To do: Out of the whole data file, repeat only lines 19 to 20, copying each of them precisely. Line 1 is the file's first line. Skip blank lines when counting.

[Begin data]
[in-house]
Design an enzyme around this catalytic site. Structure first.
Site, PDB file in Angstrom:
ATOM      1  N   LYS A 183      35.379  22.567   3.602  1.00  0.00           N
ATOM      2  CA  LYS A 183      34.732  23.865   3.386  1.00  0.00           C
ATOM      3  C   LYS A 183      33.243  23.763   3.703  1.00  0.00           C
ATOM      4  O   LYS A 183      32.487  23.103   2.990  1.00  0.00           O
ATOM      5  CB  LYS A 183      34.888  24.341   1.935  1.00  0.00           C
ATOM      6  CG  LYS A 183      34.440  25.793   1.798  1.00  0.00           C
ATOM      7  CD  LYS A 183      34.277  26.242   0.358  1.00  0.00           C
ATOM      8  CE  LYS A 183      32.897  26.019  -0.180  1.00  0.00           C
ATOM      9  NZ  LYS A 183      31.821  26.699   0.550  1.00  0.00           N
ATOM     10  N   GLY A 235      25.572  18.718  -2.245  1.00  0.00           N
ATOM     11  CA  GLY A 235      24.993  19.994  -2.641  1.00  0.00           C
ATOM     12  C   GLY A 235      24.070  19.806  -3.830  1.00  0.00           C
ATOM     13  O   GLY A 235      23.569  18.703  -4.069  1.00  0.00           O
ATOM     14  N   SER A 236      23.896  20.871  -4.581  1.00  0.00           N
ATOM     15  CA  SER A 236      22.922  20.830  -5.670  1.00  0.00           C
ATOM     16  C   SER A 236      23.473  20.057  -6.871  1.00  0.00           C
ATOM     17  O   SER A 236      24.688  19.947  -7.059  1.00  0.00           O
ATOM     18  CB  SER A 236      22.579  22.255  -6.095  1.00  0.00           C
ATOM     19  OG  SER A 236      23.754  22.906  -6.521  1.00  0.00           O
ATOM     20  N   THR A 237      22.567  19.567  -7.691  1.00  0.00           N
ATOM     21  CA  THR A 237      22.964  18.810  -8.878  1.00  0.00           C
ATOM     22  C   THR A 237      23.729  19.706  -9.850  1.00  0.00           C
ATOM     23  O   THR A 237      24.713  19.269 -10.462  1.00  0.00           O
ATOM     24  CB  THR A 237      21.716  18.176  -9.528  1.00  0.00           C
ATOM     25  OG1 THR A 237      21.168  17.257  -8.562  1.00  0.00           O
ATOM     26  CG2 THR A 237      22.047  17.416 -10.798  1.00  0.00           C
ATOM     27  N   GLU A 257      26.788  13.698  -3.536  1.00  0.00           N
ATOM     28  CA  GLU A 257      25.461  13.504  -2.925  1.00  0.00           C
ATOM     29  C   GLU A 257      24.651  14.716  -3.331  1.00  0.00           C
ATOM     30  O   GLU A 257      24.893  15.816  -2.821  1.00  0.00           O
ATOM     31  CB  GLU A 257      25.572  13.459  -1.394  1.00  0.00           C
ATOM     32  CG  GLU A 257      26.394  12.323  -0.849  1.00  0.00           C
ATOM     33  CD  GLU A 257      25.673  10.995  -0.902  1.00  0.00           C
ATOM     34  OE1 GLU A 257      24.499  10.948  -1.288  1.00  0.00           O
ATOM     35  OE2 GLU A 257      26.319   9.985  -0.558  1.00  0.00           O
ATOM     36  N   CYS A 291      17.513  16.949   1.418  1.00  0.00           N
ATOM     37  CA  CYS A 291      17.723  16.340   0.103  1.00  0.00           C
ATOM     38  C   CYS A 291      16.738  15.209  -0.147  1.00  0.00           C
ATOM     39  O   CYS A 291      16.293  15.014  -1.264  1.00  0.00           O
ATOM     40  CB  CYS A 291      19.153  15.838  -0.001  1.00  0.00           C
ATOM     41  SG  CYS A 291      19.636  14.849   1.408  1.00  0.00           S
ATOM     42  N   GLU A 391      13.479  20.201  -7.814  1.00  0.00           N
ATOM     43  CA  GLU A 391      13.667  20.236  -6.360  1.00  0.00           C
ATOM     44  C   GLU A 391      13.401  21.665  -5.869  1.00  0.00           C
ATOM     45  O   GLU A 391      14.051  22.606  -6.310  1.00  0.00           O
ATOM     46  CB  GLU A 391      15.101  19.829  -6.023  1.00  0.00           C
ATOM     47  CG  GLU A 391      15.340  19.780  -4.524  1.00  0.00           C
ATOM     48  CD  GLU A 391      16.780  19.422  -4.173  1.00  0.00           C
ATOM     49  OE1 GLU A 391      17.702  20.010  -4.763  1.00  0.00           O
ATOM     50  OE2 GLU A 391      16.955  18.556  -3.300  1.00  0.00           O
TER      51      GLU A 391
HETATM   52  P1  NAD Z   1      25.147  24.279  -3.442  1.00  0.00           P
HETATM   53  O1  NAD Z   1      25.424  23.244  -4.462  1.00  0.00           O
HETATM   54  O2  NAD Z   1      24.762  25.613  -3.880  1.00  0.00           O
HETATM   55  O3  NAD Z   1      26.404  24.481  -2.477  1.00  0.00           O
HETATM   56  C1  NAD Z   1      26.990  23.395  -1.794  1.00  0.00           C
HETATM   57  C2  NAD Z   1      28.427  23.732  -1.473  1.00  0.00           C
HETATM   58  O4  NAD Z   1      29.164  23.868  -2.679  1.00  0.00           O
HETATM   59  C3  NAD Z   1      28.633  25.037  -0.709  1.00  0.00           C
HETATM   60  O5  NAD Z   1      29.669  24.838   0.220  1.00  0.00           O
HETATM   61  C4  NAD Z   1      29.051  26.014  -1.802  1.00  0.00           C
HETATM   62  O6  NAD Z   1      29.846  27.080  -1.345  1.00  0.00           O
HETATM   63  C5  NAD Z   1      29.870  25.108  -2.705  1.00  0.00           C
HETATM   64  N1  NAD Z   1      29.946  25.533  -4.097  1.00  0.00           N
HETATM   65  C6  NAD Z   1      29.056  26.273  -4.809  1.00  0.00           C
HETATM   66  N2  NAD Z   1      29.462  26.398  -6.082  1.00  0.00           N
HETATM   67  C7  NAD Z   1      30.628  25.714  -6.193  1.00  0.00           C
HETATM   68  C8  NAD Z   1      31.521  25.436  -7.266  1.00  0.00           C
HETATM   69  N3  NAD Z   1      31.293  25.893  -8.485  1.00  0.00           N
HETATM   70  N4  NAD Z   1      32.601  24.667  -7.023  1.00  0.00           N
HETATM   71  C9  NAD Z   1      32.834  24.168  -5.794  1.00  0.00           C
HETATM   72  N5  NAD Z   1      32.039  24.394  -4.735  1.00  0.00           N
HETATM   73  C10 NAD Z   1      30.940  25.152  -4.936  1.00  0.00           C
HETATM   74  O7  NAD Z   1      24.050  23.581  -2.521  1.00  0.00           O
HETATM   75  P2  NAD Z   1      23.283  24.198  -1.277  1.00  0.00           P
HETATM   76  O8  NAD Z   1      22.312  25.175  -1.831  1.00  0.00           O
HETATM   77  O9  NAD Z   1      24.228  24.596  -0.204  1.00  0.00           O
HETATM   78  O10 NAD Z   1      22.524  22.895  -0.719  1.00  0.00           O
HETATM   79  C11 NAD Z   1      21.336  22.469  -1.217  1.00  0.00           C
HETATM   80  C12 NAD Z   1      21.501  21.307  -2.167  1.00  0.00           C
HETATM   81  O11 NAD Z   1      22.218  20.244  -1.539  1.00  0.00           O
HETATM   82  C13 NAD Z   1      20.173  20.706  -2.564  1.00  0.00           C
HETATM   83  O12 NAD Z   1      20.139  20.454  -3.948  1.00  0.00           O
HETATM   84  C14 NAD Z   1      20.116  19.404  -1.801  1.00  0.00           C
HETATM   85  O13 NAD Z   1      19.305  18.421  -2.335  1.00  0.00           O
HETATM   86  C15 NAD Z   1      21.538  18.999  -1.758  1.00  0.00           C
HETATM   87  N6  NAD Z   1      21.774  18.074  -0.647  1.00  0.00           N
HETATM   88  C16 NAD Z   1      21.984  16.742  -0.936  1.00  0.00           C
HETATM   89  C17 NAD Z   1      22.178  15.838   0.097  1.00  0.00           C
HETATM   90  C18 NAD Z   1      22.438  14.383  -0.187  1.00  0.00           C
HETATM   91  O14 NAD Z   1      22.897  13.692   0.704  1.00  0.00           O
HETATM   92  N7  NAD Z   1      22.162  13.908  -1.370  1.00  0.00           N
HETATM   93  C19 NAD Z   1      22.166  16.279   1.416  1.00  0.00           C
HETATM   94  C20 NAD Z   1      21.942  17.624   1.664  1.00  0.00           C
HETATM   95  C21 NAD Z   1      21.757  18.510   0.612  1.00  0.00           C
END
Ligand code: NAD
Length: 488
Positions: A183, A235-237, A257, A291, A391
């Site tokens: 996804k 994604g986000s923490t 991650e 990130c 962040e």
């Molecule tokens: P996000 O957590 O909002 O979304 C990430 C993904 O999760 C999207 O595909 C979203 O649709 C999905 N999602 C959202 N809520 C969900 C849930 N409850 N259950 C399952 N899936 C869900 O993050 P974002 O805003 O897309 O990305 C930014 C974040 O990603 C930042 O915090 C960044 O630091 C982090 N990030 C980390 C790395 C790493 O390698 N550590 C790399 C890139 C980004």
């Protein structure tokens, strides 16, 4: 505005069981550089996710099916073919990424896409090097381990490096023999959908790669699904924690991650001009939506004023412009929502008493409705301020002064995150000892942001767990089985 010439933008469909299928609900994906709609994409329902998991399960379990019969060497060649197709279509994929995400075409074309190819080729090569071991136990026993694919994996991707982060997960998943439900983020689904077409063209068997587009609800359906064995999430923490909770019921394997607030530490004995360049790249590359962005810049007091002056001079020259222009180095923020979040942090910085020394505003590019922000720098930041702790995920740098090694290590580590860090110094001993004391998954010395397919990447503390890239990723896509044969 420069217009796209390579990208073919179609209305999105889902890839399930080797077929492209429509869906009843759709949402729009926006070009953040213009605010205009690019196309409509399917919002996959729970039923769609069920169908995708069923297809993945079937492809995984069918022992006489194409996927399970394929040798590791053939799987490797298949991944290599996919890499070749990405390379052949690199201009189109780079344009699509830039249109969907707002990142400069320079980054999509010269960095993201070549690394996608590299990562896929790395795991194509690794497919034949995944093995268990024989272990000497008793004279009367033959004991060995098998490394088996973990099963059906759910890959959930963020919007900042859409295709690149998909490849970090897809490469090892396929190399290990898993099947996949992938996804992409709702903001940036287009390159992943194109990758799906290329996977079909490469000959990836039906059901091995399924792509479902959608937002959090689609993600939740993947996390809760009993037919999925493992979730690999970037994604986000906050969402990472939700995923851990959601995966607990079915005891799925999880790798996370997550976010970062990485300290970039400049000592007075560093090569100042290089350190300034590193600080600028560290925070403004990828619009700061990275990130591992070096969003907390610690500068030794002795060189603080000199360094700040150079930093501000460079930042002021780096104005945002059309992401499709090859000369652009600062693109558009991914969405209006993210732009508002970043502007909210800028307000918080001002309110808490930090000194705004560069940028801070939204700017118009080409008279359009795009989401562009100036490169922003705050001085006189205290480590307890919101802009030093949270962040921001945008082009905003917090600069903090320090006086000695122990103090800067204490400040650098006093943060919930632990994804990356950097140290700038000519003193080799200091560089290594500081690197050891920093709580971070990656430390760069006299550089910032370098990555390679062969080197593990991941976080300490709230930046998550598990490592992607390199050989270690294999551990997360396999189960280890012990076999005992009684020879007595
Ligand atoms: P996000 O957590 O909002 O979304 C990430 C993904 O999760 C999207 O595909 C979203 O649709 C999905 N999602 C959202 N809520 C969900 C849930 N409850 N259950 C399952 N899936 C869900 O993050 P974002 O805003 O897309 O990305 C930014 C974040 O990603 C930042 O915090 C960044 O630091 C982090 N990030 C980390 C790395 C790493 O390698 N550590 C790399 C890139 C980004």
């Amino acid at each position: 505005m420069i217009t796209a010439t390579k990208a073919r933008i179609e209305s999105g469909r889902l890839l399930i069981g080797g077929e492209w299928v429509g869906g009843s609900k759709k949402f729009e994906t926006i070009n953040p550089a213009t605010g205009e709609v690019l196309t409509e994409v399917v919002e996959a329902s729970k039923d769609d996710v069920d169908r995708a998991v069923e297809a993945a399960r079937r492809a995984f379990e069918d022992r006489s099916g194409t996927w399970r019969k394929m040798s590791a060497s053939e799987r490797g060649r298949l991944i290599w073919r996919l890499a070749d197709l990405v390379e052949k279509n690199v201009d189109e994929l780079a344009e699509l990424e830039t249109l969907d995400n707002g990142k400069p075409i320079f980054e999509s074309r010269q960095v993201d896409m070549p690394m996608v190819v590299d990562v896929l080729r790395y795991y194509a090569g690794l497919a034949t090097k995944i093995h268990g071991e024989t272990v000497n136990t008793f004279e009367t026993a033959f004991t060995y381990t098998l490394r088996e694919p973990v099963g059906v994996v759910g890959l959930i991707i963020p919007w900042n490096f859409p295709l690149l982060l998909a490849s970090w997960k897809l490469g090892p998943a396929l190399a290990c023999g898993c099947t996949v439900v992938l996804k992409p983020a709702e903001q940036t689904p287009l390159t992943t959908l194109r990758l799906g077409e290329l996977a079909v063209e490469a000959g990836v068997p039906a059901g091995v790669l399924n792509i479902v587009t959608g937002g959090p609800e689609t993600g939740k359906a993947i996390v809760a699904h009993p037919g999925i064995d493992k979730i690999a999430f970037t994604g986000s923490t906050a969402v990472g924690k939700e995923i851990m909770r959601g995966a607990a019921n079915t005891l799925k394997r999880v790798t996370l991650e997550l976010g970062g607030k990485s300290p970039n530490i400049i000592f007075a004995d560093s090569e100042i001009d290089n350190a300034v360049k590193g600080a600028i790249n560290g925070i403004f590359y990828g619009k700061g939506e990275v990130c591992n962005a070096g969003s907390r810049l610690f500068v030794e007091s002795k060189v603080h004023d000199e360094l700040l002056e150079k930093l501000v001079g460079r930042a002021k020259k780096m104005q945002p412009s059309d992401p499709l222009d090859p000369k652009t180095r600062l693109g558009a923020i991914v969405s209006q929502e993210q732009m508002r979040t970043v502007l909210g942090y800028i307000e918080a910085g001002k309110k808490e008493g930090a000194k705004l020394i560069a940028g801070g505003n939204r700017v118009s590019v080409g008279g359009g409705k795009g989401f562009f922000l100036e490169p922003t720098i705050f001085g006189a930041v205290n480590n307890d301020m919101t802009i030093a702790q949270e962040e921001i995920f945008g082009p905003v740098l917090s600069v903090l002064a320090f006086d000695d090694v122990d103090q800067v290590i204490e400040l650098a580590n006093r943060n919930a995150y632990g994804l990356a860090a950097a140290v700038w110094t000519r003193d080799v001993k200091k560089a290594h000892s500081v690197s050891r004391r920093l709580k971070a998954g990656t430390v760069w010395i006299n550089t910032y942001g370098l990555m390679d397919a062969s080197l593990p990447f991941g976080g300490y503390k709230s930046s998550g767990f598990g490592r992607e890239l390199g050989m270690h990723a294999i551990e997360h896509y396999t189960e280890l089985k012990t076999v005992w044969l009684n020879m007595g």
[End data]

ATOM     16  C   SER A 236      23.473  20.057  -6.871  1.00  0.00           C
ATOM     17  O   SER A 236      24.688  19.947  -7.059  1.00  0.00           O